ANNAPOLIS — Of all things, seventh-grader Joshua Kovach used his experience playing paintball to build an underwater robot.
A student at Old Mill Middle School South in Millersville, he spent months tweaking his design for an underwater robotics competition at the U.S. Naval Academy aimed at attracting more Maryland students to science and engineering careers.
Kovach hooked his robot up to a small carbon dioxide canister — the same type used to propel paintballs — to inflate a balloon on-board his robot that, in the competition, successfully pushed a submerged bucket to the surface.
His innovative thinking demonstrates how some Maryland students are learning science, technology, engineering and math skills, school subjects commonly referred to as STEM.
In the last few years, STEM has been the focus of state and federal funding, as well as national and regional competitions, like the SeaPerch program, an underwater robotics competition tied to naval engineering.
At the regional SeaPerch competition on Saturday, students from more than 20 public and private schools from Maryland and Virginia competed.
The students designed small robotic rovers built from everyday materials, like PVC pipes, mesh netting, plastic straps and ping pong balls. The rovers were hooked up to gear powered propellers and electronic controls.
Students also learn about the real-life pressures of engineering.
Kovach worked with a team of students to build the rover, and they continued tweaking it right up and until the last minute.
A day before the competition, Kovach, who placed second in a national SeaPerch competition last year, had to dismantle his old rover in order to replace a faulty switch that releases carbon dioxide to inflate the balloon.
“Things can go wrong, and you have to try to tweak things to make it perfect,” he said. “This is something that I can do well, and I think it could be a job, where I get to go to work everyday and enjoy it.”
Since 2007, the Maryland State Department of Education has funded STEM programs, like SeaPerch.
But STEM funding may be in jeopardy, unless state legislators meet to amend a “doomsday budget” that cut tens of millions of dollars for education programs like STEM, said Donna Clem, the state education department’s coordinator of STEM initiatives.
“Certainly school systems are desperate for funding to institute STEM programs. School systems could definitely use more [funding],” she said.
STEM programs can be targeted to students of various ages. Elementary students participate in Lego building exercises, while high schoolers work to build underwater submarines. Funds also support certification for teaching STEM subjects.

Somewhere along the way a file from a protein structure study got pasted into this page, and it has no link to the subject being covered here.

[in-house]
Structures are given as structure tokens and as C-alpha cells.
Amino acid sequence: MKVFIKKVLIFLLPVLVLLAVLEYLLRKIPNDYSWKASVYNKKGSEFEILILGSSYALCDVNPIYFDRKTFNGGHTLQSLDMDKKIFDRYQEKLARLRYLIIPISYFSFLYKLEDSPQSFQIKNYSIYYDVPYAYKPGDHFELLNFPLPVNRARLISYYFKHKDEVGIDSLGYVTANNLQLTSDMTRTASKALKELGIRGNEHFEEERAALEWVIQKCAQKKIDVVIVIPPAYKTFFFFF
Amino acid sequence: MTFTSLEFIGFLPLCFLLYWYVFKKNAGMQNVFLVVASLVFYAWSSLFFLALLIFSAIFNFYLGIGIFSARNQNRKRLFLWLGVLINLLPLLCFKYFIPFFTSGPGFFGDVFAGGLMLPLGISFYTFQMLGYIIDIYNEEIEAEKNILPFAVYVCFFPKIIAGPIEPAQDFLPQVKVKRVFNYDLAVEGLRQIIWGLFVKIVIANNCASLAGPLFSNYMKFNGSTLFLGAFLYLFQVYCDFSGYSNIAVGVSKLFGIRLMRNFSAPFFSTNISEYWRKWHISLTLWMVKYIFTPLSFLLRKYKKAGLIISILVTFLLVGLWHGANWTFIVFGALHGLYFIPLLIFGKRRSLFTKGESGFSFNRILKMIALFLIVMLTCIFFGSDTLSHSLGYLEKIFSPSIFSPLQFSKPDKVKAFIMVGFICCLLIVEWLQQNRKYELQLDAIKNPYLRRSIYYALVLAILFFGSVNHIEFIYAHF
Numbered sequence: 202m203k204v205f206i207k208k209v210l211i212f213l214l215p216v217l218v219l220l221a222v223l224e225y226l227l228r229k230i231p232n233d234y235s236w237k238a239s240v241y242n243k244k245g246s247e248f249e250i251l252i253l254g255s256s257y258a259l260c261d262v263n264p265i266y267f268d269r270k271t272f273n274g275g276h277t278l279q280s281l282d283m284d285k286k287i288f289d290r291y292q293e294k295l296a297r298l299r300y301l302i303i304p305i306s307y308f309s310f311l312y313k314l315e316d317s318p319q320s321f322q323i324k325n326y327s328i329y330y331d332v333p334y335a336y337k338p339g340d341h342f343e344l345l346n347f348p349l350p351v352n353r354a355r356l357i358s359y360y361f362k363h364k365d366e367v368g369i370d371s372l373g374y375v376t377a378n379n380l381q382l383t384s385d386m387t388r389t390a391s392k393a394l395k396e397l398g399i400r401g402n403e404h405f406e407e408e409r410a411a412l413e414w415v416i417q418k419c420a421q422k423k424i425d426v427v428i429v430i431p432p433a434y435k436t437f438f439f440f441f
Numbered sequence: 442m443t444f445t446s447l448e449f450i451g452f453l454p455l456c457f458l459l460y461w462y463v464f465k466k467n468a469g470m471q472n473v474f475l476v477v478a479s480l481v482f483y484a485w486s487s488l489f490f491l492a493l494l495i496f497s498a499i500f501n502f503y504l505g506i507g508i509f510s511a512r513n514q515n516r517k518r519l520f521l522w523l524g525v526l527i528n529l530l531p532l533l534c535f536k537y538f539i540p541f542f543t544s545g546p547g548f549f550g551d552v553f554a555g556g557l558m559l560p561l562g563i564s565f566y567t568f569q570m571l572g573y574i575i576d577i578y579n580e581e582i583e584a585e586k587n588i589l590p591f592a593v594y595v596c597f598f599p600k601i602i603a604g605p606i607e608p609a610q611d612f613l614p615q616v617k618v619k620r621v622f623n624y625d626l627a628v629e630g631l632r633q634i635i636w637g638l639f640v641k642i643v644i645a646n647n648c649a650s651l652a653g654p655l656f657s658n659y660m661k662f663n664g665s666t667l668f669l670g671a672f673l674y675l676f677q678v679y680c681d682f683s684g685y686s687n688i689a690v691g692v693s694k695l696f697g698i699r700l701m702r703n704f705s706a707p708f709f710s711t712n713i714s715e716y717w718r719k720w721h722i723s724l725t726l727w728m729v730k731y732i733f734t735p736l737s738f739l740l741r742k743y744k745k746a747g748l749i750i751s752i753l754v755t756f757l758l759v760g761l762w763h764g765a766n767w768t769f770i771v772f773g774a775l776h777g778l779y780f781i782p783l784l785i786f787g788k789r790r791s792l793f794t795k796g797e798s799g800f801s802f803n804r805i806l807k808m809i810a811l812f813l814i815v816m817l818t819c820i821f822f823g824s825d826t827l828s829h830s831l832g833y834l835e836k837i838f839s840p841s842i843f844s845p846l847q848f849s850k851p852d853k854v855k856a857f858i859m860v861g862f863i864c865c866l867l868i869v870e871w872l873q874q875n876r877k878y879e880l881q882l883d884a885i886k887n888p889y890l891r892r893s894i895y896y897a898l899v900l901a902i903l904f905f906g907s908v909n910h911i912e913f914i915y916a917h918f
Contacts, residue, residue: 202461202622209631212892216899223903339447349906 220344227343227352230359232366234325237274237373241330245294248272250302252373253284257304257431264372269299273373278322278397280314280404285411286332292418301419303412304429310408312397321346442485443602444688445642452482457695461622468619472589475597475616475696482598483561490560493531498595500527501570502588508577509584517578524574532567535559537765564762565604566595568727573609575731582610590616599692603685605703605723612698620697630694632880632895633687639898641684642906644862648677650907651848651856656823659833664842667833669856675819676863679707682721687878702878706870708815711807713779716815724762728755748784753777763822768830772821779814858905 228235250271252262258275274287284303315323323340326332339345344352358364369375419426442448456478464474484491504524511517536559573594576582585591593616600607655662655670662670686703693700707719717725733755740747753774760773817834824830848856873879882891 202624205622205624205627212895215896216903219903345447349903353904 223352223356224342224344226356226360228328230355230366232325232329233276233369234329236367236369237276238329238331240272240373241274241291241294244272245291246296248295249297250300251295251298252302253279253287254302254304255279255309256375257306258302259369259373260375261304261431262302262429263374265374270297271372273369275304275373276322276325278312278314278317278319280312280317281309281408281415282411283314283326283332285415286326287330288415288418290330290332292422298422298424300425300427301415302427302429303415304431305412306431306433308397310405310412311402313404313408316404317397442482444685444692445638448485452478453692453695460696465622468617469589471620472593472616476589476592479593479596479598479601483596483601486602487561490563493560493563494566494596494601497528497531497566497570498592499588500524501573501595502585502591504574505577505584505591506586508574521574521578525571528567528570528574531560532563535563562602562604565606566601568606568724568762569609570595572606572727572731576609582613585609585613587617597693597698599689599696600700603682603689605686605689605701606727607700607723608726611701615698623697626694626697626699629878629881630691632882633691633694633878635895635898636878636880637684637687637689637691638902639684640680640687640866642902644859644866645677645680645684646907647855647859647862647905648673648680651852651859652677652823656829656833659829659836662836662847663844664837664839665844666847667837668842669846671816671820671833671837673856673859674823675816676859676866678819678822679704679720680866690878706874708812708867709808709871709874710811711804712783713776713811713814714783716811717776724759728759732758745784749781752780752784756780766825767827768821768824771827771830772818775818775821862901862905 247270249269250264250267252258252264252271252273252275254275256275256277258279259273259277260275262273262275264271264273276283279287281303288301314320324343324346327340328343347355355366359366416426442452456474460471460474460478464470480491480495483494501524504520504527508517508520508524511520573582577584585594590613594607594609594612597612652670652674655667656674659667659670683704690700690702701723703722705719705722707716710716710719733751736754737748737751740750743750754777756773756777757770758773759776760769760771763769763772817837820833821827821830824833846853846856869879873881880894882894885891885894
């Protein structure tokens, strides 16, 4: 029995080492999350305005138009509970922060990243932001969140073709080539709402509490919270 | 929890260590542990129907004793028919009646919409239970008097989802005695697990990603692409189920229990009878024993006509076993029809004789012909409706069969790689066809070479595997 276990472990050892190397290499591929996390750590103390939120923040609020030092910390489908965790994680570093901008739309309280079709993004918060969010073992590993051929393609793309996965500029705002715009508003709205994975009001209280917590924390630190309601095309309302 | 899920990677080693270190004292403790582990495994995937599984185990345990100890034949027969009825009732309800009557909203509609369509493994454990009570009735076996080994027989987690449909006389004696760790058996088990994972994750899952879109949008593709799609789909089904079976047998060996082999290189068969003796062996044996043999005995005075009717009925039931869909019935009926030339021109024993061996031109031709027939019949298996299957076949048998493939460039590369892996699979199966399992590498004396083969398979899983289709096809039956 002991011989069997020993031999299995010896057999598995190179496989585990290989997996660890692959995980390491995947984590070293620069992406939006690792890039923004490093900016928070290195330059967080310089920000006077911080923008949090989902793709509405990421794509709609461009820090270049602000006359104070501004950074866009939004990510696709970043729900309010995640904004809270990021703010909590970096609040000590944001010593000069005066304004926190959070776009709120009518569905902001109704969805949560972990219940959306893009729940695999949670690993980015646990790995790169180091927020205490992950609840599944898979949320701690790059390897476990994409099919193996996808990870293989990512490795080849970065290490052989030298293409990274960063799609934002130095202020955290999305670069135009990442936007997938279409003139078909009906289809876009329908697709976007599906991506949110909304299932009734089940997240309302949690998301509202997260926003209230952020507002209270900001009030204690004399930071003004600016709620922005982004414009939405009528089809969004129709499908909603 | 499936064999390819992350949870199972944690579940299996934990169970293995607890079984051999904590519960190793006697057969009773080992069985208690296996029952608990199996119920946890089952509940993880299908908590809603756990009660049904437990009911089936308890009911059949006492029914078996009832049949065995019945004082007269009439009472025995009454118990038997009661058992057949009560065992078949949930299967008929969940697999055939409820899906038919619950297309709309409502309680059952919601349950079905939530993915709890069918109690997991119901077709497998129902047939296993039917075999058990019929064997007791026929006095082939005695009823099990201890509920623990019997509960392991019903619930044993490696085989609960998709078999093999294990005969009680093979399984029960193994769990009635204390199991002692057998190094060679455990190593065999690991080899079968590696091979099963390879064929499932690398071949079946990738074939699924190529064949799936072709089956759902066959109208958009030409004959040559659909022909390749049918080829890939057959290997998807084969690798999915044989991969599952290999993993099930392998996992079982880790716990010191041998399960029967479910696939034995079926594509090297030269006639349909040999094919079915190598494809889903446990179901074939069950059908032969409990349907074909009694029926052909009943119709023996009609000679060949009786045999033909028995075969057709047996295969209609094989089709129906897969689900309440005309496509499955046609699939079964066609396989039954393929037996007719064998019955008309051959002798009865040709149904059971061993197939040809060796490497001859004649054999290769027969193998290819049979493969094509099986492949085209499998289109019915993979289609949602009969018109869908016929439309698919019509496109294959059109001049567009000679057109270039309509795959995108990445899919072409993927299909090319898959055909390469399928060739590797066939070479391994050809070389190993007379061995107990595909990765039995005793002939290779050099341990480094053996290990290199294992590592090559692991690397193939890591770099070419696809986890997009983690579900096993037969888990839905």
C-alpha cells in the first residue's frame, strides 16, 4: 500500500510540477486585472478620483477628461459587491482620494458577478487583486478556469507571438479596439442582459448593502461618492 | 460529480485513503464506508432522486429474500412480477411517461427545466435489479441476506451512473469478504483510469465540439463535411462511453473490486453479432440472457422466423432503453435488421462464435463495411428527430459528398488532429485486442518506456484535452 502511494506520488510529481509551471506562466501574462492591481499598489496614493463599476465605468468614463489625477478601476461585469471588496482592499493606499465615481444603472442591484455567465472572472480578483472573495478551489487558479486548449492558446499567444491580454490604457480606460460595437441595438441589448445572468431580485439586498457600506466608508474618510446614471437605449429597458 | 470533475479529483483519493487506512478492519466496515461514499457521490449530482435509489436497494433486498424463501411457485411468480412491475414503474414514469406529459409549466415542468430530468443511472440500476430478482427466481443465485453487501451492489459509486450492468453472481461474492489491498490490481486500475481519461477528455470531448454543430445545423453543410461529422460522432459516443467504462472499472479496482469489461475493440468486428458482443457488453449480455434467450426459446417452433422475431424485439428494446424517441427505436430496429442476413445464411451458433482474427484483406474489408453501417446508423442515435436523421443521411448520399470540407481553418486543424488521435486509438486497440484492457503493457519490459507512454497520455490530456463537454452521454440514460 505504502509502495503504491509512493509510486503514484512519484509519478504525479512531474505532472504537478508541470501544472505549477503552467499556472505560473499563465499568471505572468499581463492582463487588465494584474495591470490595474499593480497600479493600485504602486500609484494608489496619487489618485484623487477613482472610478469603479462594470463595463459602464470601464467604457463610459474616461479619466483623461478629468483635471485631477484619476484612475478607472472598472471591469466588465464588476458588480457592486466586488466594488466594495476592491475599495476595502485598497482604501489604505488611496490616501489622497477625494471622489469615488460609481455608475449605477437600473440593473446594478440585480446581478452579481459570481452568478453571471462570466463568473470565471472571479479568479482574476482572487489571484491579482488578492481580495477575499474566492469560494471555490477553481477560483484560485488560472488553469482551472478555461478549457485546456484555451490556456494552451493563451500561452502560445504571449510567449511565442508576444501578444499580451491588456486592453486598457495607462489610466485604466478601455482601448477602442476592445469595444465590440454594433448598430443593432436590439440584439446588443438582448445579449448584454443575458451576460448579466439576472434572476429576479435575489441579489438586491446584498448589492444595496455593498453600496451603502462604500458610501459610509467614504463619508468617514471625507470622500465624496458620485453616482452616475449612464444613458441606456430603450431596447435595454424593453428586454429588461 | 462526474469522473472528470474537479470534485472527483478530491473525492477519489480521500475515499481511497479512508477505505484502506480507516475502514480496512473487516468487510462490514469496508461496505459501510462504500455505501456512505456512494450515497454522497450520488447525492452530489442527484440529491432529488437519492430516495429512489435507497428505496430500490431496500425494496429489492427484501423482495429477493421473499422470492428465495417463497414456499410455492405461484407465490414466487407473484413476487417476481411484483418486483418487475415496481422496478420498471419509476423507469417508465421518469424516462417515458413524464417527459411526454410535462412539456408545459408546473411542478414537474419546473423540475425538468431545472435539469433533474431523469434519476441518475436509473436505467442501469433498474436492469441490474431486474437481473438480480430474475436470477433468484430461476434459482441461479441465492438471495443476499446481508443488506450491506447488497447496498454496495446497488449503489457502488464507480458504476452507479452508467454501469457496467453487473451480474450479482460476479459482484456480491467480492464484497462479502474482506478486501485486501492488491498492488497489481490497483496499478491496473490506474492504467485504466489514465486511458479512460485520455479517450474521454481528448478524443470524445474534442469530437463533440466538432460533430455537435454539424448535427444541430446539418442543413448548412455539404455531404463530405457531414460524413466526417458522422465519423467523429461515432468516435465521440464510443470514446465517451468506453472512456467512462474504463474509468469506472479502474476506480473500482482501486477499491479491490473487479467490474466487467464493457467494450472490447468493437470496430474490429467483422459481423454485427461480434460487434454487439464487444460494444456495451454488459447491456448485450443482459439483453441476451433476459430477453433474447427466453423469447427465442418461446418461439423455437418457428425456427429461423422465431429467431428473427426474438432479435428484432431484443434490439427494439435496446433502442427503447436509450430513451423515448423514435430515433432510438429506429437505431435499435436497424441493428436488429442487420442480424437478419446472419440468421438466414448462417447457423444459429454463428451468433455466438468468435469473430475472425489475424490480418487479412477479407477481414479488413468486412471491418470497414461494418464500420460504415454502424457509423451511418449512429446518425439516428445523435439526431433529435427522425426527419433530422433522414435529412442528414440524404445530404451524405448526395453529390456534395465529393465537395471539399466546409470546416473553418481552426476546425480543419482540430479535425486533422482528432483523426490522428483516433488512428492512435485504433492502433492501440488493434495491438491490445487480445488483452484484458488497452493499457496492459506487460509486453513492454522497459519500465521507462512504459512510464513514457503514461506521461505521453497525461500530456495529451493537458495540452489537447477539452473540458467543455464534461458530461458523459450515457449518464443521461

In addition to federal and state funding, Clem said community support for STEM programs like SeaPerch — a six year partnership between local schools and the Naval Academy — is critical.
In Saturday’s competition, student-built rovers competed in a hydromechanics lab used by Naval Academy engineers for academic and research purposes.
Volunteers, especially the professional engineers who served as judges and timekeepers, played an important role too, said Angela Moran, a professor of mechanical engineering at the Naval Academy and a coordinator of the SeaPerch program.
“The message that we want to send to kids is that it doesn’t matter who you are. It matters what you feel you’re good at, how you want to succeed and what you want to give back to your country. Engineers change the world for a better place.” Moran said.
More than 70 teams from middle and high schools competed in Saturday’s SeaPerch competition.
The teams demonstrated a variety of maneuvers, including a deep sea search and recovery mission. Students floated submerged drywall buckets, mimicking professional dive teams that use large flotation devices to recover sunken material.
“The goal is to get students engaged in basic naval architecture and engineering. The rovers simulate a real-life project,” said Toby Ratcliffe, an ocean engineer at the Naval Surface Warfare Center in Carderock.
Ratcliffe volunteered on Saturday and said many of the rover kits are provided to students through federal programs, like the National Defense Education Program.
The program also trains teachers on how to build and test the rovers.
SeaPerch has thrived at schools like Old Mill Middle School South because of the dedicated time of teachers who spend time after-school working on the project, said principal Carolyn Burton-Page.
Burton-Page attended Saturday’s competition to cheer on Kovach, and a handful of her middle schoolers participating in the final rounds.
Although the team lost in competition, Burton-Page said her students gained valuable problem solving skills.
“When we start in middle school, kids are able and willing to pursue STEM long-term,” she said. “When you talk about critical thinking and troubleshooting, those learned behaviors from projects like this, we expect that to carryover to the classroom too.”